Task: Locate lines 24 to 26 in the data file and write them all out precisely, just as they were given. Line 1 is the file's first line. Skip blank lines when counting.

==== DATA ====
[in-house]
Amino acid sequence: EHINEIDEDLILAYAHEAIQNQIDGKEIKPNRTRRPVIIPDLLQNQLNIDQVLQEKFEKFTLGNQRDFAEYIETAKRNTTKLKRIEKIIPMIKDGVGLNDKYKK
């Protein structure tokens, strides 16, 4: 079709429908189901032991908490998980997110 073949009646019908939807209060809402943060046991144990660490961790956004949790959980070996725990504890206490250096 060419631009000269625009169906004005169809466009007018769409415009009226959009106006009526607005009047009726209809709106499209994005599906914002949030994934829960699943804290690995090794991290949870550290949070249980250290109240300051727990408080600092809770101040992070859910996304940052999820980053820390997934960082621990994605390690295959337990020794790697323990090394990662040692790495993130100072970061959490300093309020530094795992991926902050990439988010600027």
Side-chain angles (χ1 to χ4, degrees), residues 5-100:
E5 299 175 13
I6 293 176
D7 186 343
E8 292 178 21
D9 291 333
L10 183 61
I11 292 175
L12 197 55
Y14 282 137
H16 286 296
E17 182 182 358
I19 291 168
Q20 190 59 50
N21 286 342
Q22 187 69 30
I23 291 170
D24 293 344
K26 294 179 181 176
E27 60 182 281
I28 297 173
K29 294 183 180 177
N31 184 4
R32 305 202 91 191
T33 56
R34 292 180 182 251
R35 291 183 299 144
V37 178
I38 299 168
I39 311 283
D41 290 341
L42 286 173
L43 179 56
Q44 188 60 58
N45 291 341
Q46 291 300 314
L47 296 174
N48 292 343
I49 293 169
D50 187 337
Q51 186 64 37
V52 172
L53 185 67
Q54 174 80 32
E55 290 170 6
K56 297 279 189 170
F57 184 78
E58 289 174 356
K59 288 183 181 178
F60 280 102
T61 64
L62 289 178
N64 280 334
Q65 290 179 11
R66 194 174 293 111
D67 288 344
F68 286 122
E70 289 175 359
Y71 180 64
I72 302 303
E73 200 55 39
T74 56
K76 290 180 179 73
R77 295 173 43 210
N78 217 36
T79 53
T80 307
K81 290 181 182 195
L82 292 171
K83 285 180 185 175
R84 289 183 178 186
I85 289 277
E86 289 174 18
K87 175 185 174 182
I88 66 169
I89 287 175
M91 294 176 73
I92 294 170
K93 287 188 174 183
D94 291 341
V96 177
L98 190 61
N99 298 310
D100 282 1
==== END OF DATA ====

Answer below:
I28 297 173
K29 294 183 180 177
N31 184 4